Spell the Month in Books – March

Last month I spelled February with books and it was great fun finding books in the house so I thought I’d do it again for March. Here we go!

Mariana by Monica Dickens is about a young Englishwoman and her adventures set in the 1930s. I haven’t read it yet, but I will. Monica Dickens is a great-granddaughter of Charles Dickens! How can I not read this book!! Also, the novel is republished by Persephone Books and a book by Persephone has never disappointed me.

Next on the list is The Accidental Empress by Allison Pataki. This one is very high on my list to read because as you may know I really love reading books based on real princesses. This book is about the life of Empress Elizabeth of Austria (Sisi). I haven’t started reading it yet, but my guess is the title stems from the fact that Sisi wasn’t supposed to marry Emperor Franz Josef. He was supposed to marry her sister until he met Sisi and changed his mind. Hence, the “accidental.”

Rose Cottage by Mary Stewart is another novel on my list. I’m fairly new to Mary Stewart and her romance and romantic suspense novels are the best! As the title suggests, the setting is a thatched cottage in the English countryside. It’s a romantic suspense set in 1947.

Cheerful Weather for the Wedding by Julia Strachey is another book republished by Persephone Books. The story takes place during the course of a wedding day and focuses on the bride who is NOT marrying the man she loves (this is not a spoiler). I found it poignant and somewhat funny. The short novella is packed with emotion.

This illustrated copy of Harry Potter and the Sorcerer’s Stone by J.K. Rowling is always a good idea!! The illustrations and various pull-out documents and maps contribute to an even funner reading experience.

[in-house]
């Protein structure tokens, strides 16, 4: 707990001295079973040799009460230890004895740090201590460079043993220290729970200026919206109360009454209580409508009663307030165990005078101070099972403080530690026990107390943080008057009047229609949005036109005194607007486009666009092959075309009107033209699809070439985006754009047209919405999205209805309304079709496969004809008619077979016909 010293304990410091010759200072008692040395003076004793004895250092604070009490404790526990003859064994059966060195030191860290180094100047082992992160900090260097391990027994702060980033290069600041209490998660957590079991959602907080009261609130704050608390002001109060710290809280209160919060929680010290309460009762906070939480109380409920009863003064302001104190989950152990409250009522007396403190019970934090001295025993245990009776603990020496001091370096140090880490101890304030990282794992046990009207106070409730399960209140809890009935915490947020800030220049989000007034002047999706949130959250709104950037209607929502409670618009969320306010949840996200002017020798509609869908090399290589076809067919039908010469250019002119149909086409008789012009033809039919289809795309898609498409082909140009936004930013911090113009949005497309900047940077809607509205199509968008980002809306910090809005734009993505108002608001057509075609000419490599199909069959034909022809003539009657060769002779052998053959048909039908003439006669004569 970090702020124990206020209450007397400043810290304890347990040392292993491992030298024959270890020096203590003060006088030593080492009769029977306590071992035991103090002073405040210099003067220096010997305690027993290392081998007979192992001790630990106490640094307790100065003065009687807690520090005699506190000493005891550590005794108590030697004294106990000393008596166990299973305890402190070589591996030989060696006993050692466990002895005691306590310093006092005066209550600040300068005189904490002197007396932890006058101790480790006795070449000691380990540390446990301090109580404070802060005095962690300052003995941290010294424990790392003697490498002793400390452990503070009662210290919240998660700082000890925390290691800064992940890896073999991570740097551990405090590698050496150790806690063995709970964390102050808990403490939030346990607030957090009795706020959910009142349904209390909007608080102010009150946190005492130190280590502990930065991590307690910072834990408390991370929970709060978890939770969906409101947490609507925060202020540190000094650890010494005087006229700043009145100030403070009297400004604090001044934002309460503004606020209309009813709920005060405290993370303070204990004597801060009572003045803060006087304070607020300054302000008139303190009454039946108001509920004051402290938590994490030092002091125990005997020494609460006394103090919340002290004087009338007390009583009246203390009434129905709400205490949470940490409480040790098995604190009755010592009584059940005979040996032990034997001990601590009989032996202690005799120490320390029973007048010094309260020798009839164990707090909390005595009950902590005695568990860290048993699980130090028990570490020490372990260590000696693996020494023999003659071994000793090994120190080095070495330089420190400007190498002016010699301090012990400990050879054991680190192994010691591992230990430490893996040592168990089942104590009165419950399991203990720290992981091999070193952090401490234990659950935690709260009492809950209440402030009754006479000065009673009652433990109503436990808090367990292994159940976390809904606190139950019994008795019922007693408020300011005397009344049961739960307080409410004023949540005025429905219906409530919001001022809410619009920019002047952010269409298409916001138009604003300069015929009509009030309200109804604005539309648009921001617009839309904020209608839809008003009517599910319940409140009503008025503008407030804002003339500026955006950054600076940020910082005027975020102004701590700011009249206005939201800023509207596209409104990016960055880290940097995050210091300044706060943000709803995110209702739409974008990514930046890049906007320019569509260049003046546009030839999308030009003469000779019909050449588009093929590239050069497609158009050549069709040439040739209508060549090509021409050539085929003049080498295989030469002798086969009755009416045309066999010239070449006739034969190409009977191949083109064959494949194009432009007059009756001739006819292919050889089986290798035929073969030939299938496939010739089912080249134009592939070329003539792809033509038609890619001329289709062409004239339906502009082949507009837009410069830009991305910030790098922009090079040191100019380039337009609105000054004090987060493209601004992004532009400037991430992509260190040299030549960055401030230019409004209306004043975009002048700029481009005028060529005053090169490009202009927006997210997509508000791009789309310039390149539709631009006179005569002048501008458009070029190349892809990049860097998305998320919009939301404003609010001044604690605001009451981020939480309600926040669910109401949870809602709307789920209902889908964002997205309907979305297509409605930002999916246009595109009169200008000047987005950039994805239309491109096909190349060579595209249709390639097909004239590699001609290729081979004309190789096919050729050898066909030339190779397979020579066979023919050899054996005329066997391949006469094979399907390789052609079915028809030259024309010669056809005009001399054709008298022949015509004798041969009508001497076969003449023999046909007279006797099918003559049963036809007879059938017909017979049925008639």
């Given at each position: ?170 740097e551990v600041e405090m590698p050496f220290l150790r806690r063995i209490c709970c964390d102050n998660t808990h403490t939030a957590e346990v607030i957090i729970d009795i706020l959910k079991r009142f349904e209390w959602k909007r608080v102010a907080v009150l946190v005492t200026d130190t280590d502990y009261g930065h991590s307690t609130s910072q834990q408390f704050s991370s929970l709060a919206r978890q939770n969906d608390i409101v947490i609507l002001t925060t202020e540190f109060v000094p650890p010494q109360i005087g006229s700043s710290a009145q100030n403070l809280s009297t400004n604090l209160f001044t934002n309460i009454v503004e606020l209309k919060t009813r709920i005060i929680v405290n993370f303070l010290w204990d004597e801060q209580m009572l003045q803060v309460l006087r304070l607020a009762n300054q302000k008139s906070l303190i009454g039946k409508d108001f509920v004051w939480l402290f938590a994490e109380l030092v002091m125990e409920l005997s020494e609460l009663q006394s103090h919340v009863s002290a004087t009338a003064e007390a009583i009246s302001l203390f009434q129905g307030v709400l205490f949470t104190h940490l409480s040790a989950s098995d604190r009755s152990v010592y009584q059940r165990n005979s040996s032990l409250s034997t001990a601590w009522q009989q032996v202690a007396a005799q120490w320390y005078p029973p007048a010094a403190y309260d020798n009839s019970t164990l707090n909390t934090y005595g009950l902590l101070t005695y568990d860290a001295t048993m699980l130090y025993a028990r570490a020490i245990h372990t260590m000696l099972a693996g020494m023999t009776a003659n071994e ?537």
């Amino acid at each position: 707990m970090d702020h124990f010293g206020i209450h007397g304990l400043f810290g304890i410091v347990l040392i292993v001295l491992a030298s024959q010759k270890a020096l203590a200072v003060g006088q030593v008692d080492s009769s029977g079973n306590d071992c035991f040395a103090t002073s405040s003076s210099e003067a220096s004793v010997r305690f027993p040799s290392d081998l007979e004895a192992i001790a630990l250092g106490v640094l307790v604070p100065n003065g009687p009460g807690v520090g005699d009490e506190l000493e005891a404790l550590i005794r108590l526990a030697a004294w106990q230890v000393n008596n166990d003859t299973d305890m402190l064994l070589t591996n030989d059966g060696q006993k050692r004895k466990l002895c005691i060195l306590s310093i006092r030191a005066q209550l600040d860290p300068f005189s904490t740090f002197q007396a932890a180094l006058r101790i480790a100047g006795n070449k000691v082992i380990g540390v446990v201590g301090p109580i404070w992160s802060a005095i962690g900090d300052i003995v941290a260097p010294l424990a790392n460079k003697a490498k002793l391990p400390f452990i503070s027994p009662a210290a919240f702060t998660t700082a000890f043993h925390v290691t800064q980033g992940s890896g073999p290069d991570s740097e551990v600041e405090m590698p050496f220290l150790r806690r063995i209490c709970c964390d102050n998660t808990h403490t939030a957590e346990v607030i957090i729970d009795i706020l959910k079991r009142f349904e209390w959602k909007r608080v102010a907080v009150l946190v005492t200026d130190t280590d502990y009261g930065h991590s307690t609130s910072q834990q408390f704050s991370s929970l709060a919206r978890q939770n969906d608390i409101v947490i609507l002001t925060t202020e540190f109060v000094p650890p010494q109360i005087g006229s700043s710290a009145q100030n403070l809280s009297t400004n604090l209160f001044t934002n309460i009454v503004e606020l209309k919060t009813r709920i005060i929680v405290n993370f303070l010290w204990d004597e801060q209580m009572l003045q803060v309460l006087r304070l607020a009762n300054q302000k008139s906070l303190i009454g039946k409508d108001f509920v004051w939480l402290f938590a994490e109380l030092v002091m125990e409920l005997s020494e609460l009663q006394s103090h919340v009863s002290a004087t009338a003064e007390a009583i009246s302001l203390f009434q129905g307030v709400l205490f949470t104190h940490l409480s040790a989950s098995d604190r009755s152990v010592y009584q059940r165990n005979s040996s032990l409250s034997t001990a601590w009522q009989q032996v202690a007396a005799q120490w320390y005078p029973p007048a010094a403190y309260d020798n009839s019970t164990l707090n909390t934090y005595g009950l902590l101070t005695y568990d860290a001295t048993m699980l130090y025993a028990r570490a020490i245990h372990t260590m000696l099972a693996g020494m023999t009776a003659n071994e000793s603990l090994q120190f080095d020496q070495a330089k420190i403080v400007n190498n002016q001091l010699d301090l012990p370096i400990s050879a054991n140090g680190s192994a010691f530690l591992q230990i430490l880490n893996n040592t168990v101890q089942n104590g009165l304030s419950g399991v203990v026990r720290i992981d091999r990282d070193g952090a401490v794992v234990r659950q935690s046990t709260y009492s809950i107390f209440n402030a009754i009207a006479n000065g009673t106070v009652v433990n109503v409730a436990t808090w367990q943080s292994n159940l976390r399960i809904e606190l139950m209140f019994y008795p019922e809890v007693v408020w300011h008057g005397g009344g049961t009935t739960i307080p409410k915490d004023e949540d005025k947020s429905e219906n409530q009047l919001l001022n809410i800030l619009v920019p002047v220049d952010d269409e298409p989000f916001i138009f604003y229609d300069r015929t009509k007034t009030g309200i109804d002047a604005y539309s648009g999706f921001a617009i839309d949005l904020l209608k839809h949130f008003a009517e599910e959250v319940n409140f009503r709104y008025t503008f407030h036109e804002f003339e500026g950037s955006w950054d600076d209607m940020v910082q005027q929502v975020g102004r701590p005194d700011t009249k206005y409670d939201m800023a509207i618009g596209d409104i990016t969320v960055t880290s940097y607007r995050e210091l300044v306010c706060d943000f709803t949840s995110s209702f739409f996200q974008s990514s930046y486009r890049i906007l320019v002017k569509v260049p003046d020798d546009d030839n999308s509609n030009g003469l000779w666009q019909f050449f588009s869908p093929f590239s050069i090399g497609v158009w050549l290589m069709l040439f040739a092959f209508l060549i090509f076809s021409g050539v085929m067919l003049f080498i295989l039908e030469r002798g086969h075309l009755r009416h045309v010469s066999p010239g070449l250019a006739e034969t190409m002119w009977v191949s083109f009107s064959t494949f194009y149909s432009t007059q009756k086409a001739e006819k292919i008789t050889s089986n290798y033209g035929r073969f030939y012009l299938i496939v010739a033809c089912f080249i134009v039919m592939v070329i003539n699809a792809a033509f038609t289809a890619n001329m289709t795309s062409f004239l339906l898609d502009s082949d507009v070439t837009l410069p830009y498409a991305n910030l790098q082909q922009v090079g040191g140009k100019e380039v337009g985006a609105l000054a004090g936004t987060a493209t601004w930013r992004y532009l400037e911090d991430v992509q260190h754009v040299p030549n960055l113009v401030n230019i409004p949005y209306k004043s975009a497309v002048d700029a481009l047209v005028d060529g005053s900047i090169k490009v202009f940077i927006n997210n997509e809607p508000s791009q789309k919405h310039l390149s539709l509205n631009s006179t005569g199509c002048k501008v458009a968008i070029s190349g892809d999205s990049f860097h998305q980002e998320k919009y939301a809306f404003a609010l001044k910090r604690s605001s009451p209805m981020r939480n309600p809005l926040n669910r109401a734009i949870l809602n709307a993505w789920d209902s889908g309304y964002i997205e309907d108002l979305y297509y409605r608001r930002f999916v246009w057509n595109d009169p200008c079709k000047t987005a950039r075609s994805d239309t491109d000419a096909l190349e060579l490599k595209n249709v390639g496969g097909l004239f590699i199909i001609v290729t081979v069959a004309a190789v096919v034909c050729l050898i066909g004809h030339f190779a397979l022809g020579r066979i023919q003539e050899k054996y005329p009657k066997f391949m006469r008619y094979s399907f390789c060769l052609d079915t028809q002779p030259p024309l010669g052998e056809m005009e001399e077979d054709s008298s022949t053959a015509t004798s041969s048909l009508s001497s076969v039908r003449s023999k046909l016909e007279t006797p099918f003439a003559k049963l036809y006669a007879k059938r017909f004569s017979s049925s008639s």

What’s on your list for March?

xoxo, Jane

The Tales of Beedle the Bard by J.K. Rowling

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Description:

The Tales of Beedle the Bard by J.K. Rowling

Written by J.K. Rowling. Read by Sally Mortemore, Warwick Davis, Evanna Lynch, Jason Isaacs, Bonnie Wright, Noma Dumezweni and Jude Law.

Performed by talented actors from across the Wizarding World, this is the first ever audiobook edition of The Tales of Beedle the Bard, which was originally written in 2007 by J.K. Rowling and has raised money for her children’s charity Lumos ever since.

As familiar to Hogwarts students as “Cinderella” and “Sleeping Beauty” are to Muggle children, Beedle’s stories are a collection of popular fairy tales written for young witches and wizards. So, if you’re wondering what’s in store in this brand-new audio edition…well, your ears are in for a treat.

Once you’ve checked this fabulous Hogwarts Library book out, you’ll start by hearing the author’s introduction, read by Sally Mortemore (librarian Madam Pince from the Harry Potter films). Then it’s time for the tales to begin….

My thoughts

I’ve mentioned before that I’m a recent convert to audiobooks. I listened to this book because it was a free download. I’m glad I downloaded it because it was wonderful to listen to five magical tales that got my mind off current worries. J.K. Rowling has a brilliant mind, that’s for sure. She not only created an entire set of fairy tales out of thin air, but she wrote this book to benefit the children’s charity she founded, Lumos.

It appears that this book is free for Audible members through January 7, 2021.

What I love

I enjoyed this book very much. It was really wonderful to return to the land of Harry Potter and it reminded me why I should reread the series. This audiobook has it all: sound effects, music, appropriate background clatter and a very animated Jude Law.

Each tale was clever and a few were funny. I met kings, warlocks, witches and entered an enchanted forest.  One story, The Warlock’s Hairy Heart, was particularly good. It tells the story of a young warlock who wants to avoid falling in love and turns to dark magic to make sure it never happens.

I loved listening to Mr. Dumbledore (aka Jude Law) and the other fabulous characters who acted as narrators. Everything was so imaginative and I pictured a young Ron Weasley reading the tales. The book is only 1 hour and 36 minutes long, but I wish it could have kept going.

J.K. Rowling found ways to tie each tale into her Harry Potter novels. I should mention this book was written in 2007. I know, I’m really behind, but as they say: better late than never.

What I don’t love

That it ended.

xoxo, Jane